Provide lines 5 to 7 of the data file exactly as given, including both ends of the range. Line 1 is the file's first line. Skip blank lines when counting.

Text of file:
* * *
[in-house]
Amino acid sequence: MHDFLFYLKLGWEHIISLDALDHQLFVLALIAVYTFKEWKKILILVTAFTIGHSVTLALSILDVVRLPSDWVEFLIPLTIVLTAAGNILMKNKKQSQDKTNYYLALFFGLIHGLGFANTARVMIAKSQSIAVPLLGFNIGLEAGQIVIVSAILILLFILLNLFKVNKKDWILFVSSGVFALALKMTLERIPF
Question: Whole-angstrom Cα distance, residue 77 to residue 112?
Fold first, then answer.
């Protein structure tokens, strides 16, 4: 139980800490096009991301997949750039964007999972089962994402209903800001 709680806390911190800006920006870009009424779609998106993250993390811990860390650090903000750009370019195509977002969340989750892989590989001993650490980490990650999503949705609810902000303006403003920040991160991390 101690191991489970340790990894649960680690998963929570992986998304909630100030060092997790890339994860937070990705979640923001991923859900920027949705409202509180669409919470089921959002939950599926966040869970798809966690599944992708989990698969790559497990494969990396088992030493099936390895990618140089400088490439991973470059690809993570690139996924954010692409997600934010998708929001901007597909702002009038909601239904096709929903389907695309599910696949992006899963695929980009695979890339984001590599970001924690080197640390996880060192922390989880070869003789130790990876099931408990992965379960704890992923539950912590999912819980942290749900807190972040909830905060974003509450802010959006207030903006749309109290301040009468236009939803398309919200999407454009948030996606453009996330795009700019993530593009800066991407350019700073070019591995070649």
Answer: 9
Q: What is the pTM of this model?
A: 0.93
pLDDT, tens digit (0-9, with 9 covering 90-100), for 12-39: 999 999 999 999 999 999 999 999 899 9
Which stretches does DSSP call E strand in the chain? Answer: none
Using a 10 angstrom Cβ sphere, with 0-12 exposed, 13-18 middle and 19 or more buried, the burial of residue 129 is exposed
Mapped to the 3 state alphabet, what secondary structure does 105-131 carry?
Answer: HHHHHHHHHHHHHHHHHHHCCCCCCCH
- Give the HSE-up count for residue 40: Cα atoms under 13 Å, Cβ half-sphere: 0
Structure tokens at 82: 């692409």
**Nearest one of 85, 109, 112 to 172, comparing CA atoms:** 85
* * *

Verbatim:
């Protein structure tokens, strides 16, 4: 139980800490096009991301997949750039964007999972089962994402209903800001 709680806390911190800006920006870009009424779609998106993250993390811990860390650090903000750009370019195509977002969340989750892989590989001993650490980490990650999503949705609810902000303006403003920040991160991390 101690191991489970340790990894649960680690998963929570992986998304909630100030060092997790890339994860937070990705979640923001991923859900920027949705409202509180669409919470089921959002939950599926966040869970798809966690599944992708989990698969790559497990494969990396088992030493099936390895990618140089400088490439991973470059690809993570690139996924954010692409997600934010998708929001901007597909702002009038909601239904096709929903389907695309599910696949992006899963695929980009695979890339984001590599970001924690080197640390996880060192922390989880070869003789130790990876099931408990992965379960704890992923539950912590999912819980942290749900807190972040909830905060974003509450802010959006207030903006749309109290301040009468236009939803398309919200999407454009948030996606453009996330795009700019993530593009800066991407350019700073070019591995070649």
Answer: 9
Q: What is the pTM of this model?